First course in algebraic topology for advanced undergraduates. Homotopy theory, the duality theorem, relation of topological ideas to other branches of pure mathematics. Exercises and problems. 1972 edition.
An easily accessible introduction to over threecenturies of innovations in geometry Praise for the First Edition “. . . a welcome alternative to compartmentalizedtreatments bound to the old thinking. This clearly written,well-illustrated book supplies sufficient background to beself-contained.” —CHOICE This fully revised new edition offers the most comprehensivecoverage of modern geometry currently available at an introductorylevel. The book strikes a welcome balance between academic rigorand accessibility, providing a complete and cohesive picture of thescience with an unparalleled range of topics. Illustrating modern mathematical topics, Introduction toTopology and Geometry, Second Edition discusses introductorytopology, algebraic topology, knot theory, the geometry ofsurfaces, Riemann geometries, fundamental groups, and differentialgeometry, which opens the doors to a wealth of applications. Withits logical, yet flexible, organization, the SecondEdition: • Explores historical notes interspersed throughout theexposition to provide readers with a feel for how the mathematicaldisciplines and theorems came into being • Provides exercises ranging from routine to challenging,allowing readers at varying levels of study to master the conceptsand methods • Bridges seemingly disparate topics by creating thoughtfuland logical connections • Contains coverage on the elements of polytope theory, whichacquaints readers with an exposition of modern theory Introduction to Topology and Geometry, Second Edition is anexcellent introductory text for topology and geometry courses atthe upper-undergraduate level. In addition, the book serves as anideal reference for professionals interested in gaining a deeperunderstanding of the topic.
Excellent text covers vector fields, plane homology and the Jordan Curve Theorem, surfaces, homology of complexes, more. Problems and exercises. Some knowledge of differential equations and multivariate calculus required.Bibliography. 1979 edition.
Leading experts present a unique, invaluable introduction to the study of the geometry and typology of fluid flows. From basic motions on curves and surfaces to the recent developments in knots and links, the reader is gradually led to explore the fascinating world of geometric and topological fluid mechanics. Geodesics and chaotic orbits, magnetic knots and vortex links, continual flows and singularities become alive with more than 160 figures and examples. In the opening article, H. K. Moffatt sets the pace, proposing eight outstanding problems for the 21st century. The book goes on to provide concepts and techniques for tackling these and many other interesting open problems.
Das Buch bietet eine Einführung in die Topologie, Differentialtopologie und Differentialgeometrie. Es basiert auf Manuskripten, die in verschiedenen Vorlesungszyklen erprobt wurden. Im ersten Kapitel werden grundlegende Begriffe und Resultate aus der mengentheoretischen Topologie bereitgestellt. Eine Ausnahme hiervon bildet der Jordansche Kurvensatz, der für Polygonzüge bewiesen wird und eine erste Idee davon vermitteln soll, welcher Art tiefere topologische Probleme sind. Im zweiten Kapitel werden Mannigfaltigkeiten und Liesche Gruppen eingeführt und an einer Reihe von Beispielen veranschaulicht. Diskutiert werden auch Tangential- und Vektorraumbündel, Differentiale, Vektorfelder und Liesche Klammern von Vektorfeldern. Weiter vertieft wird diese Diskussion im dritten Kapitel, in dem die de Rhamsche Kohomologie und das orientierte Integral eingeführt und der Brouwersche Fixpunktsatz, der Jordan-Brouwersche Zerlegungssatz und die Integralformel von Stokes bewiesen werden. Das abschließende vierte Kapitel ist den Grundlagen der Differentialgeometrie gewidmet. Entlang der Entwicklungslinien, die die Geometrie der Kurven und Untermannigfaltigkeiten in Euklidischen Räumen durchlaufen hat, werden Zusammenhänge und Krümmung, die zentralen Konzepte der Differentialgeometrie, diskutiert. Den Höhepunkt bilden die Gaussgleichungen, die Version des theorema egregium von Gauss für Untermannigfaltigkeiten beliebiger Dimension und Kodimension. Das Buch richtet sich in erster Linie an Mathematik- und Physikstudenten im zweiten und dritten Studienjahr und ist als Vorlage für ein- oder zweisemestrige Vorlesungen geeignet.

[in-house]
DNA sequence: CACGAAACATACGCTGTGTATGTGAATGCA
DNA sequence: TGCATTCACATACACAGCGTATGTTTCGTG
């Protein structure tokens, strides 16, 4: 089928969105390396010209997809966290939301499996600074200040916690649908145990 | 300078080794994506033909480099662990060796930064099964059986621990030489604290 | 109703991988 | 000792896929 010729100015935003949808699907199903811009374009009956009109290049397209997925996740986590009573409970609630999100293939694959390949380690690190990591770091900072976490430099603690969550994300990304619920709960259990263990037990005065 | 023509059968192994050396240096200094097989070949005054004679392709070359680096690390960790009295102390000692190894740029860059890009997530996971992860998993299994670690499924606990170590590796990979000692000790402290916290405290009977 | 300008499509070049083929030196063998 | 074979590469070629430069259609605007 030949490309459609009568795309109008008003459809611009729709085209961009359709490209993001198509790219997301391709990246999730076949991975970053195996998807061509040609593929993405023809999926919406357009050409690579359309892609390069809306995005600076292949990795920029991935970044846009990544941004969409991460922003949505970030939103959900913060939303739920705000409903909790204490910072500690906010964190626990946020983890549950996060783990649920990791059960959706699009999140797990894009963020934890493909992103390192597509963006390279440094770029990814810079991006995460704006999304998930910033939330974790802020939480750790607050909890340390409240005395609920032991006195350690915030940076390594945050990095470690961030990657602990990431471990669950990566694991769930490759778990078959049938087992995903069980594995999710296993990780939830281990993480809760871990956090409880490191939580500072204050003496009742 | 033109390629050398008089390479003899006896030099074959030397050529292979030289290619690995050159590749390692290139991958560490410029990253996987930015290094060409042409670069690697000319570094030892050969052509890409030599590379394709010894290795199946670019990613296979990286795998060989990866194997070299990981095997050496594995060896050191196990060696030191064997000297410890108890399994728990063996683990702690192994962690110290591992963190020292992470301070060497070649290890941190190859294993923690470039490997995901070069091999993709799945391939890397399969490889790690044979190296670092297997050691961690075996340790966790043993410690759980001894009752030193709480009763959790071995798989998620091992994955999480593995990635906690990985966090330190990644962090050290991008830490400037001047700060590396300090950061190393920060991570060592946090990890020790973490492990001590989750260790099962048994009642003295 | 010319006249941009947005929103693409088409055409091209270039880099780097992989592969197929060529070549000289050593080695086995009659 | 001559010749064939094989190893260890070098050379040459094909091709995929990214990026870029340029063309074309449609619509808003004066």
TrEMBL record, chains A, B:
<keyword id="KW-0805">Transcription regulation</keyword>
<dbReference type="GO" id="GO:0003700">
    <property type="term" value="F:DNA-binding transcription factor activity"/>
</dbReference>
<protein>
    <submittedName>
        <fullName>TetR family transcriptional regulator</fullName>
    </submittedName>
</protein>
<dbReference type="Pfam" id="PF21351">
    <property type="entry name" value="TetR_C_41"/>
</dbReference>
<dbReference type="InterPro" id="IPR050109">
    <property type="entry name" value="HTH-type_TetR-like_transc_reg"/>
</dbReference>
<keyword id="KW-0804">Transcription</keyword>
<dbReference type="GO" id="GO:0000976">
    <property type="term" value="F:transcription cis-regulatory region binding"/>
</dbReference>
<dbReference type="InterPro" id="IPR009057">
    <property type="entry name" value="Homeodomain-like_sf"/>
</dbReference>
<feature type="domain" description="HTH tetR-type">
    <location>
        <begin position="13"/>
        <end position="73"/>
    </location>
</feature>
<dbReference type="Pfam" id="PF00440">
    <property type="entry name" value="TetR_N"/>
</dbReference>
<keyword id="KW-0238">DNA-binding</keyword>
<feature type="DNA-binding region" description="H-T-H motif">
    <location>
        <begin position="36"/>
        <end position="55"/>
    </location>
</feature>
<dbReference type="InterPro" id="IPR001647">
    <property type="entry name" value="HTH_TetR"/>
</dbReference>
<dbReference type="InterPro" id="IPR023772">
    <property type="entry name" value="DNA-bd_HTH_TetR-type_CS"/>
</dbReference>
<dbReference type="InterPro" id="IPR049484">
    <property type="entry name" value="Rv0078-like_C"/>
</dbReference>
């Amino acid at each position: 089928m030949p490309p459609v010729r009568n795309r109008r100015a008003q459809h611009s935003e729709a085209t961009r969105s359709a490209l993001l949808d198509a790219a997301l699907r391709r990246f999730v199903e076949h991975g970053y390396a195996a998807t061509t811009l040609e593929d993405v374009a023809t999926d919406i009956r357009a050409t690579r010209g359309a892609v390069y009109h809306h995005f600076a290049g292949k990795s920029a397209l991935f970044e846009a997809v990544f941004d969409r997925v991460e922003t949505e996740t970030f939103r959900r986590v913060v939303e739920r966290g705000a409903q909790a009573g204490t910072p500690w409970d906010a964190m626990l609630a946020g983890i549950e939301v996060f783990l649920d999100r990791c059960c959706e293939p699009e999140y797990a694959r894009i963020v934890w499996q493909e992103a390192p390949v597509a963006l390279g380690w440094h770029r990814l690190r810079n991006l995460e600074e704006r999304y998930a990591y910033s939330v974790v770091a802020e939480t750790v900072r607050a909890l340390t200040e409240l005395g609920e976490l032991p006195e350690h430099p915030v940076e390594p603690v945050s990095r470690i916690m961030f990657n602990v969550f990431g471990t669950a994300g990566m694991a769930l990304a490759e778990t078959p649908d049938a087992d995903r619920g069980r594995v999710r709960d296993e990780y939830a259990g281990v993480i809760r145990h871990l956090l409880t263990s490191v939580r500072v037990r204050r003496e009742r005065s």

Introductory text for first-year math students uses intuitive approach, bridges the gap from familiar concepts of geometry to topology. Exercises and Problems. Includes 101 black-and-white illustrations. 1974 edition.
The content of Geometry with an Introduction to Cosmic Topology is motivated by questions that have ignited the imagination of stargazers since antiquity. What is the shape of the universe? Does the universe have and edge? Is it infinitely big? Dr. Hitchman aims to clarify this fascinating area of mathematics. This non-Euclidean geometry text is organized intothree natural parts. Chapter 1 provides an overview including a brief history of Geometry, Surfaces, and reasons to study Non-Euclidean Geometry. Chapters 2-7 contain the core mathematical content of the text, following the ErlangenProgram, which develops geometry in terms of a space and a group of transformations on that space. Finally chapters 1 and 8 introduce (chapter 1) and explore (chapter 8) the topic of cosmic topology through the geometry learned in the preceding chapters.